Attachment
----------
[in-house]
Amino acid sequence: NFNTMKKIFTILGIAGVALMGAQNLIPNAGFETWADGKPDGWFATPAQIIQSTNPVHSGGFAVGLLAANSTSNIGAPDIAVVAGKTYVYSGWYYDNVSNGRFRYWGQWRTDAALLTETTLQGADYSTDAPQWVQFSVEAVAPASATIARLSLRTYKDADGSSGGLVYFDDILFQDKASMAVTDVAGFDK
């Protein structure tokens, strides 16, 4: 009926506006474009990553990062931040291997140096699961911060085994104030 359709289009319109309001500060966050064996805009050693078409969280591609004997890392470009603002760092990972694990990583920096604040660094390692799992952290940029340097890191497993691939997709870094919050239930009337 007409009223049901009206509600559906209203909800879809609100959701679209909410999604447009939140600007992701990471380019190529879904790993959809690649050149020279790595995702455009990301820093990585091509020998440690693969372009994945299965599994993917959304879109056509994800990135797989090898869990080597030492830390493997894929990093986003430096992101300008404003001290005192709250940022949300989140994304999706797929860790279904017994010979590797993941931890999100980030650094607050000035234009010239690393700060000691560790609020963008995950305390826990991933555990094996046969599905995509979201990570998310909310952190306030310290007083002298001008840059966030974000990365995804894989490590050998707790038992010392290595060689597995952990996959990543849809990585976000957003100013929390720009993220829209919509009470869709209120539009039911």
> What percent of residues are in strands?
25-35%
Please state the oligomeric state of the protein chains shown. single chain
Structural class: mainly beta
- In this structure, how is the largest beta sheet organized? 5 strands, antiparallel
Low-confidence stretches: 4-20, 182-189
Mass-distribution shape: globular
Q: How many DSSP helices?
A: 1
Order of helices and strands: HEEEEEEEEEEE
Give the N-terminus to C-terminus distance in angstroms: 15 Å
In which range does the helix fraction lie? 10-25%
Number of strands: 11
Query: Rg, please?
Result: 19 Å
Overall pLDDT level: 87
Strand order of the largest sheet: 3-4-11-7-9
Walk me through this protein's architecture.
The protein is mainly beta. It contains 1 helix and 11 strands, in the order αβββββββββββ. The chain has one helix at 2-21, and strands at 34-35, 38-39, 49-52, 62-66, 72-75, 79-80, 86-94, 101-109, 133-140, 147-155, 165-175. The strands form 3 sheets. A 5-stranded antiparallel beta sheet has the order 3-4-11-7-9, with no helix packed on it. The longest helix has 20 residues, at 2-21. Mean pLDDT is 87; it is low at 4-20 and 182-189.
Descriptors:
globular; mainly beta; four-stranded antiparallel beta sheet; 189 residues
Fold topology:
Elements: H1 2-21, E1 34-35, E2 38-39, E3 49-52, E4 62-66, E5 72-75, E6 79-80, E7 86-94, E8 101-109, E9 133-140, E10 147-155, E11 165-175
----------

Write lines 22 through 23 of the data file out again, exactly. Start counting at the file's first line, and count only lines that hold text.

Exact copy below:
The protein is mainly beta. It contains 1 helix and 11 strands, in the order αβββββββββββ. The chain has one helix at 2-21, and strands at 34-35, 38-39, 49-52, 62-66, 72-75, 79-80, 86-94, 101-109, 133-140, 147-155, 165-175. The strands form 3 sheets. A 5-stranded antiparallel beta sheet has the order 3-4-11-7-9, with no helix packed on it. The longest helix has 20 residues, at 2-21. Mean pLDDT is 87; it is low at 4-20 and 182-189.
Descriptors: